Yankees Pick a Strange Time to Pinch Pennies

Did money real stop Yankees from dealing?

It is a rare trade deadline that passes without a sound in the Bronx, and it's impossible to watch it go by without wondering why there wasn't more activity. In 2008, Brian Cashman dealt four prospects for Damaso Marte and Xavier Nady even though the team was deeply flawed, but 2009's squad didn't merit any attention from the front office.

Why the dichotomy? The party line has been that Cashman got the choice of Mark Teixeira or roster flexibility over the winter. If true, he made the right choice. It's hard to believe it's true, though. This is a team that traded for Marte and Nady when they were in third place and giving regular starts to Sidney Ponson, after all, so their sudden fiscal responsibility comes as a pretty big surprise. You've already spent $201 million, so what's a few more nickels to make sure that Sergio Mitre or Brian Bruney has less say in whether or not you make noise in October?

Has the economy and the resulting issues selling tickets to the new Stadium played a role in this decision? The Yankees have and will swear up and down that there is neither a problem nor a connection, but it would be a perfectly reasonable reaction, especially if you're unsure that you're going to do a better job of unloading seats for the 2010 season.

Let's be clear, we're not talking about deals for the real big tickets on the market here. We're talking about the trade the Tigers swung for Jarrod Washburn or the deal that sent George Sherrill to the Dodgers. A pending free agent and an arbitration eligible reliever who would have plenty of suitors on the offseason trade market aren't going to explode your payroll, and neither one cost a bigger trade package than the Yankees could have borne.

There is, of course, another explanation for passing on trades, which is that they simply didn't like any of the players being offered up enough to trade good prospects for them. One of Cashman's favorite canards is that teams always ask for more from the Yankees than from other teams, but you have to wonder how hard he's working if the Tigers could get Washburn for a pair of fringey pitching prospects. It's reasonable not to give up too much, but the way things went down Friday raises some questions about the team's honesty and talent evaluation.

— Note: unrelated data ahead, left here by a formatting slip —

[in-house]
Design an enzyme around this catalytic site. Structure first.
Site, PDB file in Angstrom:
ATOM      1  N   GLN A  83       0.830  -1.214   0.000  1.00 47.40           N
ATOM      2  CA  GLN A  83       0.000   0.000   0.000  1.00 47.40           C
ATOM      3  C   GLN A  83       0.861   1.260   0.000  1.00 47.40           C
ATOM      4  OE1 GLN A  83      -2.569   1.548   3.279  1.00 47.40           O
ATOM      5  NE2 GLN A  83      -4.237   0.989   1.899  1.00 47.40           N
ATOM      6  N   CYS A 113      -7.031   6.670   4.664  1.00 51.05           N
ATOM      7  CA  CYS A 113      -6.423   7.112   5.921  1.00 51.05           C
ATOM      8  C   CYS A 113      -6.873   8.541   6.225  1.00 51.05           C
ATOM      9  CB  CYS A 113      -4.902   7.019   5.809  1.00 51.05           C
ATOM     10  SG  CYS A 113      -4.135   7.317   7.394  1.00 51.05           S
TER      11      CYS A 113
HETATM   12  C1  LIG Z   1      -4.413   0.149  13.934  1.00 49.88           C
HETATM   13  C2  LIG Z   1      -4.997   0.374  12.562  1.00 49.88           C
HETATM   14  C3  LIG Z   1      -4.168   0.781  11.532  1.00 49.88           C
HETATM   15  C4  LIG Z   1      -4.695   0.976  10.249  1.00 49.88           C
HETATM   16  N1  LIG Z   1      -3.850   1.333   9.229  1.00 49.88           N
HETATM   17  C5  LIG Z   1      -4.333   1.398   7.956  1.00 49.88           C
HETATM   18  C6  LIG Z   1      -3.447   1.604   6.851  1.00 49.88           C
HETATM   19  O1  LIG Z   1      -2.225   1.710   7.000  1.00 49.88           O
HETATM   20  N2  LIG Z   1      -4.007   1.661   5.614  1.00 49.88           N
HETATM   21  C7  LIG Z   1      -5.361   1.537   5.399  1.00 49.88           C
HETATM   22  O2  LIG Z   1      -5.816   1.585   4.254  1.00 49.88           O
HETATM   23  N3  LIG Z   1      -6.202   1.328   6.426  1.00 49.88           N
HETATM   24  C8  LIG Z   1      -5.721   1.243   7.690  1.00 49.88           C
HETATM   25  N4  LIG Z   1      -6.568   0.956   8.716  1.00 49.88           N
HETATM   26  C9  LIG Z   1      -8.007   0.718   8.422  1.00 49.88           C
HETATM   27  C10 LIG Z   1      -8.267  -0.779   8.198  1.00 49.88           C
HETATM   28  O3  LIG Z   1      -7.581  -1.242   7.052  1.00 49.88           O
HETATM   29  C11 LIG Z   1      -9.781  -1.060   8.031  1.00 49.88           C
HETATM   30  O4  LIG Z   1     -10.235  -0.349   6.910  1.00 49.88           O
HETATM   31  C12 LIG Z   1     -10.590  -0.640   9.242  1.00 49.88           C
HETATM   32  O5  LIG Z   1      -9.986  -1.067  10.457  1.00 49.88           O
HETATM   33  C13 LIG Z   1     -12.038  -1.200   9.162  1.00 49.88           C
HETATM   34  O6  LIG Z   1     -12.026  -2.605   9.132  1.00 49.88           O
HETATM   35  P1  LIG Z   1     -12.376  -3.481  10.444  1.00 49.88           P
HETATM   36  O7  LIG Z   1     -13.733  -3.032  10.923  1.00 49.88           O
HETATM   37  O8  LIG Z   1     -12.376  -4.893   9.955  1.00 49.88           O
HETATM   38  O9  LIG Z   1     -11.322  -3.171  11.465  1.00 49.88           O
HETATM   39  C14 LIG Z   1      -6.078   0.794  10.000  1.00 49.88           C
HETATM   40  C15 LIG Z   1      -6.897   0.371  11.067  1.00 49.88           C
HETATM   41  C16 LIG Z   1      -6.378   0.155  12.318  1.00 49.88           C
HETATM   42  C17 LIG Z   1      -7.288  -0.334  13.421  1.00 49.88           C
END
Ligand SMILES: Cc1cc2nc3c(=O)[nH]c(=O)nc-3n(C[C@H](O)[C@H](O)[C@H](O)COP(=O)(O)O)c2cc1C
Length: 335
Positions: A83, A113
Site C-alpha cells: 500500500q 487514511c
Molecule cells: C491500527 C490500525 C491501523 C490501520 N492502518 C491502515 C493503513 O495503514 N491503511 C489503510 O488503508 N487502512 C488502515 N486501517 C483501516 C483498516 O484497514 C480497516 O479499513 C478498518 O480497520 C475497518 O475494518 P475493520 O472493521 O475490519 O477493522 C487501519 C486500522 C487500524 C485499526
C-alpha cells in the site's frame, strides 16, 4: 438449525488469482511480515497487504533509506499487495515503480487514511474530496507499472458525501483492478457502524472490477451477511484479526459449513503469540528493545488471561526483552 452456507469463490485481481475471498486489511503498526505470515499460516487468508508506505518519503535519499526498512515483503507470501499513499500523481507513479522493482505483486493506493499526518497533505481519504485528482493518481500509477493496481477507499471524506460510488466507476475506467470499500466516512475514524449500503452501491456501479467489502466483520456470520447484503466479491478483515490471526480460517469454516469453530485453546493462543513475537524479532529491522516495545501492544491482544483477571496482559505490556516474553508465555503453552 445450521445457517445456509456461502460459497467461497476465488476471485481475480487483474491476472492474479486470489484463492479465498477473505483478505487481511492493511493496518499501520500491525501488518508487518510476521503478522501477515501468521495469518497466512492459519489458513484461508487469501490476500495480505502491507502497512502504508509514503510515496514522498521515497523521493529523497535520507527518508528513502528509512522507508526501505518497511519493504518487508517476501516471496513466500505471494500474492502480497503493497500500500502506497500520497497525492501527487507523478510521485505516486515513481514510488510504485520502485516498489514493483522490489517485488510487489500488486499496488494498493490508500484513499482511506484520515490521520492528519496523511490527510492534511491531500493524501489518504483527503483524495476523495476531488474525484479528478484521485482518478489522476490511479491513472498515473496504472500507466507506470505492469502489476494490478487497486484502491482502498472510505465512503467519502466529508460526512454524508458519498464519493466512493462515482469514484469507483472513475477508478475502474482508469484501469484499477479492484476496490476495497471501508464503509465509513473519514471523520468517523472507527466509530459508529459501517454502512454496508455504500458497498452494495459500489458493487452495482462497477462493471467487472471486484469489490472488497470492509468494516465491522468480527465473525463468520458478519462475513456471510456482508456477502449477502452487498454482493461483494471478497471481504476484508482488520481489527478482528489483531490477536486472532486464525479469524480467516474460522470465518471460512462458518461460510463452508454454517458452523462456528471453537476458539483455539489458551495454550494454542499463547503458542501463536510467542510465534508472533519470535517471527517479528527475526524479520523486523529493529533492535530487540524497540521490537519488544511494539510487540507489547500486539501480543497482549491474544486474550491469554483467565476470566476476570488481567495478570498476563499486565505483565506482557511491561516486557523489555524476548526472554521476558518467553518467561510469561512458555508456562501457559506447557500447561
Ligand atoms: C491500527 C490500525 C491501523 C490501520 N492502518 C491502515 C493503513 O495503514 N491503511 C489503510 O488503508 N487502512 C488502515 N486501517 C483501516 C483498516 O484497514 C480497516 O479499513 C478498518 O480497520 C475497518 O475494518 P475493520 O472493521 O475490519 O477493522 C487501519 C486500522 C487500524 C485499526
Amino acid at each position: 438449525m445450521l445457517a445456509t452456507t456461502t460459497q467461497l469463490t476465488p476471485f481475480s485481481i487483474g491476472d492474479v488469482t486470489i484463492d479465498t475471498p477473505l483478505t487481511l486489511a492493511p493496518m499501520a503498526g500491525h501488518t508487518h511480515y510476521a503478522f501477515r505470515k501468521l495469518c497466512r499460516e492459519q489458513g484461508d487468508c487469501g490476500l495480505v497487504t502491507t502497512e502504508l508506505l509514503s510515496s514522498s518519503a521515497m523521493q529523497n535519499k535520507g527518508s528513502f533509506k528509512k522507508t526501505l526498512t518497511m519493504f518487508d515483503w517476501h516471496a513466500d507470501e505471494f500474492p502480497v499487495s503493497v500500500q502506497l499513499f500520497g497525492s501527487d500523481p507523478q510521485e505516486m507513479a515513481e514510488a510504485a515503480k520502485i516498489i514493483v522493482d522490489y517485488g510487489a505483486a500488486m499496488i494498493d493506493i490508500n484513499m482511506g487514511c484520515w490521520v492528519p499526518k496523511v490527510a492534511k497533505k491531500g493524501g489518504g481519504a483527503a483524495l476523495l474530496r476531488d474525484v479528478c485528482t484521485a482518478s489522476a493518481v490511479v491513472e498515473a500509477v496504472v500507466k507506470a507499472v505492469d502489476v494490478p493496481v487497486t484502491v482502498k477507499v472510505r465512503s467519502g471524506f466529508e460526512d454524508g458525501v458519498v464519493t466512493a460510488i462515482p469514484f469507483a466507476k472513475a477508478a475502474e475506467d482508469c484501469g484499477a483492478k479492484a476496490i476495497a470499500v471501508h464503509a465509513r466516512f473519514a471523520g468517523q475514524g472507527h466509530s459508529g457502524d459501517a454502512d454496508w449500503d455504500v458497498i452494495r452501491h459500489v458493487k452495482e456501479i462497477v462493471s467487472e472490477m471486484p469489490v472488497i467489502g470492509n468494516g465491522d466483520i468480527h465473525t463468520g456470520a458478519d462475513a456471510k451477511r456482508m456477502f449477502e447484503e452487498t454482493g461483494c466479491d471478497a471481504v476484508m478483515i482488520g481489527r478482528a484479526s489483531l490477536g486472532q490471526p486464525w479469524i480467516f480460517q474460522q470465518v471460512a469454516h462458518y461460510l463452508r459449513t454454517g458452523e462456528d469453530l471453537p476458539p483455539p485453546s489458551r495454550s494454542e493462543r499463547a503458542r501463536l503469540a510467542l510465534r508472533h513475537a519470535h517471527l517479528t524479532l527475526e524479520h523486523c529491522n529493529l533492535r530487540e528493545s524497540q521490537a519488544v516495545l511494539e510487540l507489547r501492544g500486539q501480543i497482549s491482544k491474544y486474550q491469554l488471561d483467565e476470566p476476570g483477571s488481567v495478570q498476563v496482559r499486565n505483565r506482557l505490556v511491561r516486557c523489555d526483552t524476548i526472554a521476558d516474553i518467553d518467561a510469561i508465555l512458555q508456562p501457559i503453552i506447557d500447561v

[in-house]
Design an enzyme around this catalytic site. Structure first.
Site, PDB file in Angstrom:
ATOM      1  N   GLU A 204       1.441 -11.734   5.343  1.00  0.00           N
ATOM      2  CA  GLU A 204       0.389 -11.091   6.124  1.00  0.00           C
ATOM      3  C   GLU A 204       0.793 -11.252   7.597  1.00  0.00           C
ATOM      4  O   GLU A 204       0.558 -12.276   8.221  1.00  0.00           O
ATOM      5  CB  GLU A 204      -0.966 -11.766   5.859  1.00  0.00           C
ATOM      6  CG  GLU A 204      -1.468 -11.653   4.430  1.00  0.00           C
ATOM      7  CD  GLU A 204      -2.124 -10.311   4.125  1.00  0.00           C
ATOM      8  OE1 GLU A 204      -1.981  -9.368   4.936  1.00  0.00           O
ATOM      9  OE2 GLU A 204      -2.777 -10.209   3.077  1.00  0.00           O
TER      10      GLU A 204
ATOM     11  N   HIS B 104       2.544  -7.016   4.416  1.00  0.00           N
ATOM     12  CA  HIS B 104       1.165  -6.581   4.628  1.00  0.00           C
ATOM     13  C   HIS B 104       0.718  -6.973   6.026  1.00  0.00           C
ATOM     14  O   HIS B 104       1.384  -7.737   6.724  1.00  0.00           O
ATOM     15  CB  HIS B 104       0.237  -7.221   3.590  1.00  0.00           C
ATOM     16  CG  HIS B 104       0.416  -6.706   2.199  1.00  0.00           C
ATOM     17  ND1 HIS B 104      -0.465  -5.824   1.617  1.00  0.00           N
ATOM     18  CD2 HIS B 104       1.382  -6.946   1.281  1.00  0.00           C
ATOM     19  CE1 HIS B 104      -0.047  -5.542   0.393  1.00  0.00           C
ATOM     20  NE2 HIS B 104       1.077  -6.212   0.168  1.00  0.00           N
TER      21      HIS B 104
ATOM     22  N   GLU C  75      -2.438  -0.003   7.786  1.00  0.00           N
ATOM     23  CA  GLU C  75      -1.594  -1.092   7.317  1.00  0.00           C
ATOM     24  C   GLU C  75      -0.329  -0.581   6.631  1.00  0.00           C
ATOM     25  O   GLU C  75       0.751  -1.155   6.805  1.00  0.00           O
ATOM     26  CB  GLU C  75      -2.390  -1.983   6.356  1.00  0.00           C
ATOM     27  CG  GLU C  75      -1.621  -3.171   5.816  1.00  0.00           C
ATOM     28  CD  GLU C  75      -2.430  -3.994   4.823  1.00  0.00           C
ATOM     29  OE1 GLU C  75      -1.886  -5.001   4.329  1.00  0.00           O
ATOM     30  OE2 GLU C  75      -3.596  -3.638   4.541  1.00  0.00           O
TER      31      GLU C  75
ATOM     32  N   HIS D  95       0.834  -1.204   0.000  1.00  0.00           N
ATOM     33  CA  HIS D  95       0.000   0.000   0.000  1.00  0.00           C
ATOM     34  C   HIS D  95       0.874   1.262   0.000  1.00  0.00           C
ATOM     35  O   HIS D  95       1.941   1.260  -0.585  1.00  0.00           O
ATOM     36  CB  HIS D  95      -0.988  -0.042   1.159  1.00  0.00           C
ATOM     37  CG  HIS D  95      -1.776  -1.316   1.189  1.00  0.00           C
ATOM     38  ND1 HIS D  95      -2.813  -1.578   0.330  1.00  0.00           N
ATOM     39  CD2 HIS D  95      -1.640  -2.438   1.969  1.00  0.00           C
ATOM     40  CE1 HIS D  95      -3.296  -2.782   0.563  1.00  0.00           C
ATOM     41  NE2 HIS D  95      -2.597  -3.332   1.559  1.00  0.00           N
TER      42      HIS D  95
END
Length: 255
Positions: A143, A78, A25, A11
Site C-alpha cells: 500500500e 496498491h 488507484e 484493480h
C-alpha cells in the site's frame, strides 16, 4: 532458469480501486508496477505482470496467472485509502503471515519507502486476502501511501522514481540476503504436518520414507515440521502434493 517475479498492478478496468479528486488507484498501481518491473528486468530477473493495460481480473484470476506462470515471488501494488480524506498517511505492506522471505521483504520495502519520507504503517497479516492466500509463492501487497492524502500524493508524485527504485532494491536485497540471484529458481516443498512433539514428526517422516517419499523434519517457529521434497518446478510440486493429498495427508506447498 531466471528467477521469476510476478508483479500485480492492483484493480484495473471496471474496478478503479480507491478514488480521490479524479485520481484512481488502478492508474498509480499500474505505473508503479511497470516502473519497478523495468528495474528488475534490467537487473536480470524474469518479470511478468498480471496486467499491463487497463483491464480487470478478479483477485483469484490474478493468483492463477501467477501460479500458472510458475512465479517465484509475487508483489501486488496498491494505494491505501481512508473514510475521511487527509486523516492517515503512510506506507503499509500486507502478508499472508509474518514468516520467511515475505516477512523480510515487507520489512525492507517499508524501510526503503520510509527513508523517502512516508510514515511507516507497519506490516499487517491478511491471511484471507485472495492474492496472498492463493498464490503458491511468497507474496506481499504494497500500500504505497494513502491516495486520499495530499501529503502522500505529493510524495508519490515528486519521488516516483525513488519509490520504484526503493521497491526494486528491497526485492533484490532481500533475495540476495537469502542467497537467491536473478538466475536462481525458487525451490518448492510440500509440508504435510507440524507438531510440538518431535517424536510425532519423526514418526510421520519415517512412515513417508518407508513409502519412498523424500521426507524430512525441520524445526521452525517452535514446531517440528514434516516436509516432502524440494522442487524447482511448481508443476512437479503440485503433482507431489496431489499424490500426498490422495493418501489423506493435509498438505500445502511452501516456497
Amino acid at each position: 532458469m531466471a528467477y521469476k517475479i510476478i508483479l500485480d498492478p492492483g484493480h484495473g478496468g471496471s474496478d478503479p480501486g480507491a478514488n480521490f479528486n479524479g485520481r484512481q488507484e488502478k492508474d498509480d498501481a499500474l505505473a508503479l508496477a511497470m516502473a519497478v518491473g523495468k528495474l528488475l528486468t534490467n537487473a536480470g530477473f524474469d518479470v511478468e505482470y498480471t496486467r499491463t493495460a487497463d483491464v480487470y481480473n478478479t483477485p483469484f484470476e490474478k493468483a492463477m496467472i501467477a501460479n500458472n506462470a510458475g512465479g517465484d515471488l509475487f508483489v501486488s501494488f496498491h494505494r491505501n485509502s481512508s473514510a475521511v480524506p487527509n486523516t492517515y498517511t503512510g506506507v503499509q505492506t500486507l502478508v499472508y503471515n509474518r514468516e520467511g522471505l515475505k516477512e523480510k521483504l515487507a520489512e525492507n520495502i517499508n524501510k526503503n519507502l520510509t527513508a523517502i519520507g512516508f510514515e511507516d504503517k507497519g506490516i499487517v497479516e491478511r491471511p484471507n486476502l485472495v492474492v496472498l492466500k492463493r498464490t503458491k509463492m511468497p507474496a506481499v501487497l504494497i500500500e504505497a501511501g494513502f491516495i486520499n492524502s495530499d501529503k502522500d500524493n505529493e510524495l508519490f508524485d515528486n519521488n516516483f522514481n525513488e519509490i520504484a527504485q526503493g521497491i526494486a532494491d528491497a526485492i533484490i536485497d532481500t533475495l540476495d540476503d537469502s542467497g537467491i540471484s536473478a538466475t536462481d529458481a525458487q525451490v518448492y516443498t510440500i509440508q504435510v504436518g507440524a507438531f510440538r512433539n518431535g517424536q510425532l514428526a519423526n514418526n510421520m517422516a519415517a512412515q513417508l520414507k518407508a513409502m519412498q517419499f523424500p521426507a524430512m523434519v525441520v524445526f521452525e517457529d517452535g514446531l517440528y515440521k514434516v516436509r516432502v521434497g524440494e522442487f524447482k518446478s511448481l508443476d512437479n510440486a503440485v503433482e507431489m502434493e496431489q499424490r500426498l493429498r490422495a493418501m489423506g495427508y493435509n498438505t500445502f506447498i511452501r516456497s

If they're being honest about Joba Chamberlain's innings limit, that means they think Mitre or Kei Igawa will be good enough to start meaningful games in September and, possibly, October. Sure, Al Aceves is around but his shoulder's barking and his outings have been unimpressive of late, which means that you can't pin that massive payroll to his back. 

There's also Cashman calling the July 31st trading deadline "fictitous" because you can still make deals for players who clear waivers. Cashman's theory is that, because of the economy, teams won't be claiming players which will make for trades this month. Are the Red Sox really going to just sit back and let the Yankees deal for anything other than mediocre players though? To say nothing of the other American League teams that are currently behind the Yankees in the standings?

And if they do wind up making deals in August, wouldn't that mean the Yankees have all the financial flexibility they've needed all along? On top of that, they'll use that money to buy players who are so overpriced that no other team would dream of having them, and thus head back down the road of Kevin Brown and Jaret Wright.  

At surface, that seems dishonest but perhaps it isn't. It fits with the idea that the Yankees are paralyzed by economic reasons, which could lead to the ultimate irony of their high regular season ticket prices keeping them from realizing the revenues of their even higher priced playoff tickets.

Josh Alper is a writer living in New York City and is a contributor to FanHouse.com and ProFootballTalk.com in addition to his duties for NBCNewYork.com.

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